In 2005, 13-year-old Sean Hurley was watching the Irish news when he saw countryman Tadgh Kennelly celebrating an AFL premiership with the Sydney Swans.

Images of the former Gaelic football star Irish dancing on top of a stage have remained in Hurley’s mind till this day.

“Everyone in Ireland was watching that,” he said.

“If someone else could do something similar to that it would give another boost to AFL (in Ireland).”

As a newly signed International Rookie with the Fremantle Dockers, the now 22-year-old will get his chance to emulate his countryman, even though he acknowledges there is plenty of hard work and learning to go.

He has been in close contact with Kennelly for some advice on the oval ball game and moving to Australia.

“Tadgh will be a big influence,” Hurley said.

“It’s nice to watch him play and to see how well he’s done over here, it gives you a bit of inspiration.

“He gave me a good bit of advice, so I’ll take it all on board and put it into action.”

Hurley arrived in Australia on Monday.

“I saw the sunshine and blue skies and it put the smile on my face straight away,” he said.

He had a light run on Fremantle Oval on Wednesday morning that included a kick-to-kick session with one of his new teammates.

“I like to think I’m a good kick but I was having a kick with one of the Freo boys this morning and he was pinging them to my chest and a few of mine were going off track,” he said.

Hurley can be forgiven considering the Freo player was Michael Walters, who is a magician with the football.

The Irishman has been practicing his AFL skills with the oval ball back home over the past year, although that resulted in a few strange stares.

His Gaelic football boss at Kildare wasn’t too impressed.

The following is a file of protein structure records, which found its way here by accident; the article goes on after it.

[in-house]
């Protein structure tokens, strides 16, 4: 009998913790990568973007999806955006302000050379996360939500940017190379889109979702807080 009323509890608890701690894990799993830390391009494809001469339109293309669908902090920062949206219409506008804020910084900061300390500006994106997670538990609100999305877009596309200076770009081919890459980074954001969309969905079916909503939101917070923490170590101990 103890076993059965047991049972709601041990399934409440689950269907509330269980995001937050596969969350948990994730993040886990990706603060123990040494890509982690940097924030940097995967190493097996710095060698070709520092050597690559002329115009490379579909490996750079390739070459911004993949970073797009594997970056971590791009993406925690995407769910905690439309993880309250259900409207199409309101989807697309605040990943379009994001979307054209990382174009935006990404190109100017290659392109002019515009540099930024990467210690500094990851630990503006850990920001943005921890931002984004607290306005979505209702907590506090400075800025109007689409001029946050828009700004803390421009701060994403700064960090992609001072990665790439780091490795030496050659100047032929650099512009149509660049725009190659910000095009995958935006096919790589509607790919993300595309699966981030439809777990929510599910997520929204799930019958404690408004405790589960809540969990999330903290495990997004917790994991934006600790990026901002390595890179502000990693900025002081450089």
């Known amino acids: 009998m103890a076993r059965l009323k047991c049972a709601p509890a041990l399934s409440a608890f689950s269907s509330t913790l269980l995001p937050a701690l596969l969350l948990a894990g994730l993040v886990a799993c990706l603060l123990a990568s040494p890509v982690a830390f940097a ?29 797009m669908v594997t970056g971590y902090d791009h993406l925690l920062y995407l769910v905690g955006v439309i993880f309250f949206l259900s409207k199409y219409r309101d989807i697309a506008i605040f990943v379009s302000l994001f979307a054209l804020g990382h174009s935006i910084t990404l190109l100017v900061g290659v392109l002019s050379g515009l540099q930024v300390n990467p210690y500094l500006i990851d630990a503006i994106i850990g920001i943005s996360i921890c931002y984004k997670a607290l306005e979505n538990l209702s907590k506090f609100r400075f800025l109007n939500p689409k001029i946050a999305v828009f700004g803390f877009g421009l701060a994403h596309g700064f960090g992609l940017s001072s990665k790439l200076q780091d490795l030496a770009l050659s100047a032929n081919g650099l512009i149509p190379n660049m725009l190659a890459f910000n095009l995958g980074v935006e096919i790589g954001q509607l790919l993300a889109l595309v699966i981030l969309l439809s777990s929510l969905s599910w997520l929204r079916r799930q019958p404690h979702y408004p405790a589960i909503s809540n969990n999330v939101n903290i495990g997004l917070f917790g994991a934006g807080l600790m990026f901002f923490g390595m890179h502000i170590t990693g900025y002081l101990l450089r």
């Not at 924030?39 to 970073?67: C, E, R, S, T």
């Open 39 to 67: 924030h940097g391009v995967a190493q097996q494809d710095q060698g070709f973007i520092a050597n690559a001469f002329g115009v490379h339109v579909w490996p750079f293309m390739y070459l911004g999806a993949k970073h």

“One day at Gaelic training I was having a kick before training,” Hurley said. 

“The manager came and kicked it into the hedge. He was only messing but I had to get it after training, it wasn’t allowed onto the pitch.”

Hurley hasn’t seen his new coach Ross Lyon in person yet since he arrived in Australia, but he’s talked to him on the phone.

“We’re going to have a chat later in the week,” Hurley said.

“He’s a lovely man and I’m looking forward to what guidance he’s going to give me.”

The professional lifestyle is what excites Hurley the most about being at Fremantle.

“I just want to learn from the best here - all the professional coaches and I want to get to know all the players, get to know the game,” he said.

“I learn something new every day I come in here.

“We’re not a professional sport over in Ireland. It’s nice to come over here and just put all your time and effort into training and getting your body right and getting ready for games.”

He stands 196cm tall, which local Irish paper the Kildare Nationalist considers ‘towering’.   

“I’m tall over in Ireland but I’m not tall over here,” Hurley said.

He’s not yet picked up enough AFL lingo to properly describe where he thinks he might be suited to play in Aussie rules.

“I could play as a something key, I don’t know,” Hurley said.

He surmised it would be best to leave it up to the coaches to decide his best position.

Fremantle supporters better get used to hearing terms such as ‘high catching the ball’ and the word ‘like’ thrown into sentences.

You never know, maybe one day they they’ll see Sean Hurley dancing on a stage, celebrating the ultimate success and inspiring the next wave of Irish talent.